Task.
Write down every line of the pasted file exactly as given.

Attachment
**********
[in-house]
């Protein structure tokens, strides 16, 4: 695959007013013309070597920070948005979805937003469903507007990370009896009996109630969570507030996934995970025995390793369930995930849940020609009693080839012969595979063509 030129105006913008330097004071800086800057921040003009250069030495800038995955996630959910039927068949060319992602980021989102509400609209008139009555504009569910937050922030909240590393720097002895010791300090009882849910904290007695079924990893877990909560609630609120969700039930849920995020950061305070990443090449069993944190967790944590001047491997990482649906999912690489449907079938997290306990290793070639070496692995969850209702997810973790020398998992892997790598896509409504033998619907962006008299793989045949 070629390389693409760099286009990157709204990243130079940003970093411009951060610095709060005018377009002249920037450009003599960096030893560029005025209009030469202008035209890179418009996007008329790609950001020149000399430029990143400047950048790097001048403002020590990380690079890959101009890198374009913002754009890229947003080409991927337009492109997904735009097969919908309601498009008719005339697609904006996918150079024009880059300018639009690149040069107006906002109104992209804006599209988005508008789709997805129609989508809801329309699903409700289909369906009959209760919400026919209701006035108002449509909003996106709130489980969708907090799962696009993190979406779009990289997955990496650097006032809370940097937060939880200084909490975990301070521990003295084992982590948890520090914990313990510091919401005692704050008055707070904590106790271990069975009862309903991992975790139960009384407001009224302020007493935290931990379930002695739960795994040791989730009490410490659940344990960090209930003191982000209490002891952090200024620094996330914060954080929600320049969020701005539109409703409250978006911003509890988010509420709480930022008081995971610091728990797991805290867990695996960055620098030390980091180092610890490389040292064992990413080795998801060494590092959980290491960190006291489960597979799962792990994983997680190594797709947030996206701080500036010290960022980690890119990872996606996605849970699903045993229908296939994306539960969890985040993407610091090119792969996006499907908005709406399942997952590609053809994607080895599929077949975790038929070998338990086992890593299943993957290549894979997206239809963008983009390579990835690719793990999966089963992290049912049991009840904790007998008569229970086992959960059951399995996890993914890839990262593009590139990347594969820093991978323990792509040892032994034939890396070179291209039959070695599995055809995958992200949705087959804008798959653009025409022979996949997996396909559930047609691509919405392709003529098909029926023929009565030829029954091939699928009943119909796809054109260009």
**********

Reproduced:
[in-house]
């Protein structure tokens, strides 16, 4: 695959007013013309070597920070948005979805937003469903507007990370009896009996109630969570507030996934995970025995390793369930995930849940020609009693080839012969595979063509 030129105006913008330097004071800086800057921040003009250069030495800038995955996630959910039927068949060319992602980021989102509400609209008139009555504009569910937050922030909240590393720097002895010791300090009882849910904290007695079924990893877990909560609630609120969700039930849920995020950061305070990443090449069993944190967790944590001047491997990482649906999912690489449907079938997290306990290793070639070496692995969850209702997810973790020398998992892997790598896509409504033998619907962006008299793989045949 070629390389693409760099286009990157709204990243130079940003970093411009951060610095709060005018377009002249920037450009003599960096030893560029005025209009030469202008035209890179418009996007008329790609950001020149000399430029990143400047950048790097001048403002020590990380690079890959101009890198374009913002754009890229947003080409991927337009492109997904735009097969919908309601498009008719005339697609904006996918150079024009880059300018639009690149040069107006906002109104992209804006599209988005508008789709997805129609989508809801329309699903409700289909369906009959209760919400026919209701006035108002449509909003996106709130489980969708907090799962696009993190979406779009990289997955990496650097006032809370940097937060939880200084909490975990301070521990003295084992982590948890520090914990313990510091919401005692704050008055707070904590106790271990069975009862309903991992975790139960009384407001009224302020007493935290931990379930002695739960795994040791989730009490410490659940344990960090209930003191982000209490002891952090200024620094996330914060954080929600320049969020701005539109409703409250978006911003509890988010509420709480930022008081995971610091728990797991805290867990695996960055620098030390980091180092610890490389040292064992990413080795998801060494590092959980290491960190006291489960597979799962792990994983997680190594797709947030996206701080500036010290960022980690890119990872996606996605849970699903045993229908296939994306539960969890985040993407610091090119792969996006499907908005709406399942997952590609053809994607080895599929077949975790038929070998338990086992890593299943993957290549894979997206239809963008983009390579990835690719793990999966089963992290049912049991009840904790007998008569229970086992959960059951399995996890993914890839990262593009590139990347594969820093991978323990792509040892032994034939890396070179291209039959070695599995055809995958992200949705087959804008798959653009025409022979996949997996396909559930047609691509919405392709003529098909029926023929009565030829029954091939699928009943119909796809054109260009």